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CA also has a 250k cap on pain and suffering for medical malpractice cases. The only big money verdicts can be related to future medical expenses (covered anyway) and lost future earnings. So if the Warriors offer him the Supermax, they nip any MedMal case in the bud (I kid, I kid.....).
 

Sam Ray Not

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Do you get injury exceptions for free agents?
Hmm, not sure. Per CBA FAQ: "This exception only can be granted to the team for which the player was playing when his injury or illness was known, or reasonably should have become known. A team cannot trade for an injured player and subsequently apply for a Disabled Player exception for that player."

As far as I can see, they say nothing about signing (or re-signing) an injured player, but I'd assume the same caveat about trading for an injured player would apply?

I mean, KD's getting the max from someone either way, but I'd guess it becomes a lot easier for some teams to swallow a lost season if they could use the DPE to sign a replacement player at the full MLE (~$10M).
 

lexrageorge

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A team can only use the DPE if the player gets injured after being acquired by the team. So no DPE for signing an injured player.

The DPE was basically useless for the Celtics anyway.
 

McBride11

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Yeah, multiple, I’d file the malpractice suit for KD if he never got an MRI.

Updated systems involve both the size and location of the tear, larger tears and more tendon involvement (rather than muscle fiber) usually worse. Many of the systems are based on hamstring and quad injuries (lots of soccer and rugby players studied) since those are the most common and larger muscles are easier to accurately categorize.

Each muscle has its own specific anatomical considerations associated as well. Distal calf tears usually often are more tendon than muscle (myotendinous), have worse blood flow, and heal slower. Complete avulsion proximally at the femur is very rare.

Also, as pure speculation, if KD did have a distal calf tear that extended distally into the Achilles that might be more complicated to fix than a traditional Achilles rupture. Most Achilles complete tears are horizontally oriented 4-6 cm from the bony insertion, well beyond the muscle fibers from the calf. His might be more complex, hence lots of specialists to weigh in.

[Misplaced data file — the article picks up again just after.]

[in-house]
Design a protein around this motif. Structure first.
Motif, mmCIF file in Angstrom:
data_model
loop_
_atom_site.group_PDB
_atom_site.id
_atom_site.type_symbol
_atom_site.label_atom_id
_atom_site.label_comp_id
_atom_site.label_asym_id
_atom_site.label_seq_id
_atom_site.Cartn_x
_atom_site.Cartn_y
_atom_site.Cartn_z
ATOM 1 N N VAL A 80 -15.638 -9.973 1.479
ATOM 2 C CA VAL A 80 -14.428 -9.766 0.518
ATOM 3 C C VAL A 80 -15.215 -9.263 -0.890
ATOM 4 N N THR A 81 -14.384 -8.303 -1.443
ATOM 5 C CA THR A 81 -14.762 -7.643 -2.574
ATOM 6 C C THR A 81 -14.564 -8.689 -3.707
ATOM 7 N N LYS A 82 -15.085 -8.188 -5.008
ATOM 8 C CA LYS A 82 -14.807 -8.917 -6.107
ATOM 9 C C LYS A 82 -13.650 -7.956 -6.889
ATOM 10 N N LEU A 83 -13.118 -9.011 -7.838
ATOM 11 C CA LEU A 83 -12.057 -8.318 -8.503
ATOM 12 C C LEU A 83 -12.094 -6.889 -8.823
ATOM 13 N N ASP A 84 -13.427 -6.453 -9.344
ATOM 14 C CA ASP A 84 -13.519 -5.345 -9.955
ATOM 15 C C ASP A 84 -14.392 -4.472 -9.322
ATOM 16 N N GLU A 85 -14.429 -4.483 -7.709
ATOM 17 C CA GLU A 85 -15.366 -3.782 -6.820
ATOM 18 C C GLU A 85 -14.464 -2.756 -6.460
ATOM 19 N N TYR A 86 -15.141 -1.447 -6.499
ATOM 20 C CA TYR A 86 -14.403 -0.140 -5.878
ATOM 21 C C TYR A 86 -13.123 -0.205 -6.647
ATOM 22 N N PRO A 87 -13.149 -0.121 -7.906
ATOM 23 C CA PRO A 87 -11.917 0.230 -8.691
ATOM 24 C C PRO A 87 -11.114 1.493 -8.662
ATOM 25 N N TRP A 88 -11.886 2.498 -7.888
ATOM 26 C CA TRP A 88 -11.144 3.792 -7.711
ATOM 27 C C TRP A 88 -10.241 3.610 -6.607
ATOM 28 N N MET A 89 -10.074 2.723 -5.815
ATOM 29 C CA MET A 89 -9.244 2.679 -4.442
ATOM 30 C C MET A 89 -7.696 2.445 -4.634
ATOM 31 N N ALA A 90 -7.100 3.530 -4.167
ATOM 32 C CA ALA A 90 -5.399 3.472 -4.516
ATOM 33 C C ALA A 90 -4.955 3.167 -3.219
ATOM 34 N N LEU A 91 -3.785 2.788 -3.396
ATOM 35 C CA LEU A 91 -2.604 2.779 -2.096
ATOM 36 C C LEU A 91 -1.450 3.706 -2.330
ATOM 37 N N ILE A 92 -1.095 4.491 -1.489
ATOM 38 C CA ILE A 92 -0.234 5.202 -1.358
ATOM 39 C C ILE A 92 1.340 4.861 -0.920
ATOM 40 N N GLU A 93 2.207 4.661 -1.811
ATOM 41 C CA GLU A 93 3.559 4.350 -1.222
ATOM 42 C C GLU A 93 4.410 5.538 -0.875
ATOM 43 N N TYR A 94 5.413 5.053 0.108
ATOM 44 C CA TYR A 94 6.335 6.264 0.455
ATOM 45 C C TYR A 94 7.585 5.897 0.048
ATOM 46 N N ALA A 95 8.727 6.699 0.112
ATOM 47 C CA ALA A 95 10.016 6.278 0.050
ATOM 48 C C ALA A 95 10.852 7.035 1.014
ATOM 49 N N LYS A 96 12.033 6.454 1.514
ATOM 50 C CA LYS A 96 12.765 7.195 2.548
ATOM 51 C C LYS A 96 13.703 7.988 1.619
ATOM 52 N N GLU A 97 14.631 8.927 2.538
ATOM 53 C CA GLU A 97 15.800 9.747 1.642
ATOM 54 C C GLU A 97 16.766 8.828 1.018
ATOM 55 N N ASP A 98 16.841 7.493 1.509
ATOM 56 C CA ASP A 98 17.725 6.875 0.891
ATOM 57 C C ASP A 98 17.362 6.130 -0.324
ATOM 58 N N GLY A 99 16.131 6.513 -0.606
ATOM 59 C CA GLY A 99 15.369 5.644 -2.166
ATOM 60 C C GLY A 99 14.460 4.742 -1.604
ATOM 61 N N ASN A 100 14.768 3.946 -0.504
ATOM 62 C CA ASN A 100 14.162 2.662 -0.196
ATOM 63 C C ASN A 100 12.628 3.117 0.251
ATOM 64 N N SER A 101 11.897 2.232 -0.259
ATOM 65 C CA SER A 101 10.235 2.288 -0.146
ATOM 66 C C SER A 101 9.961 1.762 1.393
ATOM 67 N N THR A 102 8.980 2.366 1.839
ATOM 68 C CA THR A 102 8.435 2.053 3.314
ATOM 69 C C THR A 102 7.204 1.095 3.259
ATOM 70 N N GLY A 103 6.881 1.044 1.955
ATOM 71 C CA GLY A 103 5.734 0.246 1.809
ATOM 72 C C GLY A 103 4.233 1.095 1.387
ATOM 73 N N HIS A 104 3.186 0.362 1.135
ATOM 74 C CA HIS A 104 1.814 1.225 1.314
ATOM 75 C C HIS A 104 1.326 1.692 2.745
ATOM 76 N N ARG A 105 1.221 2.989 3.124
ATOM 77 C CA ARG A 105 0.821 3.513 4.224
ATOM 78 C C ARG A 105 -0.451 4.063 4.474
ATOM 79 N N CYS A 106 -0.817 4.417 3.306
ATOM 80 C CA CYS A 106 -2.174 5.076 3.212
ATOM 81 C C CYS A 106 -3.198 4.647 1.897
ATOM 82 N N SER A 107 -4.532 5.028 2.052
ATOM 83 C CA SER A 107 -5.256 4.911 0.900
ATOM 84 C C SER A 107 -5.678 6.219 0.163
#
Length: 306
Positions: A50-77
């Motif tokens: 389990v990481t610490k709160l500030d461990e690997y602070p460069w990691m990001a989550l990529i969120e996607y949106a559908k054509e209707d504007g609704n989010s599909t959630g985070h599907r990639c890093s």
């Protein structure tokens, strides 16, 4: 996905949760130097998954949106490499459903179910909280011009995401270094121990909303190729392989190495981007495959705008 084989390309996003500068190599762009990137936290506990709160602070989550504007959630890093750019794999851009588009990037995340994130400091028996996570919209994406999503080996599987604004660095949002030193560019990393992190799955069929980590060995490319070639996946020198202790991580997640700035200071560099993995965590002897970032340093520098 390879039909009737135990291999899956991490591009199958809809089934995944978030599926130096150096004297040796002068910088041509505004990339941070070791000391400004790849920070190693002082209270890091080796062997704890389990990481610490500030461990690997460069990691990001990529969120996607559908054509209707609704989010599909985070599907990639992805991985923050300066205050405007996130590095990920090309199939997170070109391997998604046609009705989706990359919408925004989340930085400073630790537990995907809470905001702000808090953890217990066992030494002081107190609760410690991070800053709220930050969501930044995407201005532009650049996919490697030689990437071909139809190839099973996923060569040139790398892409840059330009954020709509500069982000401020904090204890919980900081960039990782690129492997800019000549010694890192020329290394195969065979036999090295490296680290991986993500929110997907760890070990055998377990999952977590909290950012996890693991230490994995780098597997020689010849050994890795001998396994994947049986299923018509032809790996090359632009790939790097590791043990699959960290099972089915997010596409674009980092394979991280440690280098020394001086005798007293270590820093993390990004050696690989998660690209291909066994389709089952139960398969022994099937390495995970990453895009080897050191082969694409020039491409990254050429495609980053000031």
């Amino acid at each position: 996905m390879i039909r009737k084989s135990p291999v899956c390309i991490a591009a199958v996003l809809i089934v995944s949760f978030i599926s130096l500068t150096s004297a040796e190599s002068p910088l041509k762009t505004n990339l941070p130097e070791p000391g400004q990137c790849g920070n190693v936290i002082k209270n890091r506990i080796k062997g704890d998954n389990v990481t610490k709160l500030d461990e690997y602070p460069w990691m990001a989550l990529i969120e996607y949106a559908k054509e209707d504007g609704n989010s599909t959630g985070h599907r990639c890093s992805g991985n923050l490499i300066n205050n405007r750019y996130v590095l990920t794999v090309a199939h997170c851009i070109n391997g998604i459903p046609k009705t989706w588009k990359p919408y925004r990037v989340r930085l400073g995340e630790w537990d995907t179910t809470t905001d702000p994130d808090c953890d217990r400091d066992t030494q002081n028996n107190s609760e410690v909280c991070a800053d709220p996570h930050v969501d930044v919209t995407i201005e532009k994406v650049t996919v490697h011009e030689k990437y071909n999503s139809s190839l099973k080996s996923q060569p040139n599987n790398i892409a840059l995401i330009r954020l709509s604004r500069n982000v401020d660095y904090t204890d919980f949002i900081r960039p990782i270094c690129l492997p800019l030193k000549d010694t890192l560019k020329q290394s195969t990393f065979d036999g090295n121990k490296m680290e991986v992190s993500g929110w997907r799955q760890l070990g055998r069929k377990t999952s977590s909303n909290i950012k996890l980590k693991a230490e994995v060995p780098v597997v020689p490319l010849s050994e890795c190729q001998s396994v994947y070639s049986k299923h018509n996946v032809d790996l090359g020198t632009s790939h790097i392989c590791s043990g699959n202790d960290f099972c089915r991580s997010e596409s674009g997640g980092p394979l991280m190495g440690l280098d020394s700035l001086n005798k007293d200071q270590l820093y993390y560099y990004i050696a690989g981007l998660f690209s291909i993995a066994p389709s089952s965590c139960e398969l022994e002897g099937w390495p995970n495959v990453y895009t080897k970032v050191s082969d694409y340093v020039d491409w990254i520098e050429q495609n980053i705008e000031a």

Cool thanks man. My MSK system is weak and I hate trying to read MRIs.
 

HomeRunBaker

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Interesting. Well that blows a hole in some narratives out there about Durant succumbing to outside pressure and that plus the IG post also conflicts directly with the idea of a toxic relationship between Durant and his teammates (his arch enemy Draymond, who apparently Facetimed him immediately after game five).
I don't see how that blows a whole into anything. Nobody is claiming Durant didn't want to be out there......ALL athletes want to be out there. Klay wanted to be out there in G3 but the team protected his well being for the rest of the series. Reggie Lewis wanted to be out there so bad that he found Gilbert Mudge to clear him. The Warriors made the conscious decision to clear Durant to begin Phase One of his rehab going full speed with no restrictions in a Finals game. People will have their own opinions......mine remains that this was criminal negligence coming from Myers and/or Lacob.
 

HomeRunBaker

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Would love to see those pre and post Achilles injury MRIs. Hard to imagine the 2 injuries are totally unrelated but I guess anything is possible.

If KD has a mid calf strain, totally normal muscle/tendon beyond that, then an Achilles tear.... that would be very weird but maybe he’s just really unlucky.

But if he had a distal calf tear at the muscle-tendon junction that extended distally to the Achilles you can’t really claim they’re totally unrelated.

I also wonder if there was some intervention at the distal calf after the initial injury, people doing all kinds of PRP and even steroid injections (not a good idea if you ask me) to get pro athletes back sooner. But that’s 100% thinking out loud.
While not perfect science you can see Durant reach for the area of his lower calf when the initial injury occurred. Also what Sam and others have said......it is awesome having you pop into these threads when injuries are being discussed.

 

DrewDawg

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Woj also saying that NYK and the Nets both still interested in pairing up KD and Kyrie.
 

djbayko

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I don't see how that blows a whole into anything. Nobody is claiming Durant didn't want to be out there......ALL athletes want to be out there. Klay wanted to be out there in G3 but the team protected his well being for the rest of the series. Reggie Lewis wanted to be out there so bad that he found Gilbert Mudge to clear him. The Warriors made the conscious decision to clear Durant to begin Phase One of his rehab going full speed with no restrictions in a Finals game. People will have their own opinions......mine remains that this was criminal negligence coming from Myers and/or Lacob.
It makes a big difference IMO. I’m willing for doctors to come in and tell me I’m wrong but a large part of diagnosing an ailment is honest feedback from the patient. If someone wants to play, they can help sway things, conscisously or otherwise.

Again, I’m not saying you’re necessarily wrong, but your evidence that you’re correct isn’t as iron clad as you think it is. I still contend we know very little about what transpired behind closed doors.
 
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radsoxfan

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People will have their own opinions......mine remains that this was criminal negligence coming from Myers and/or Lacob.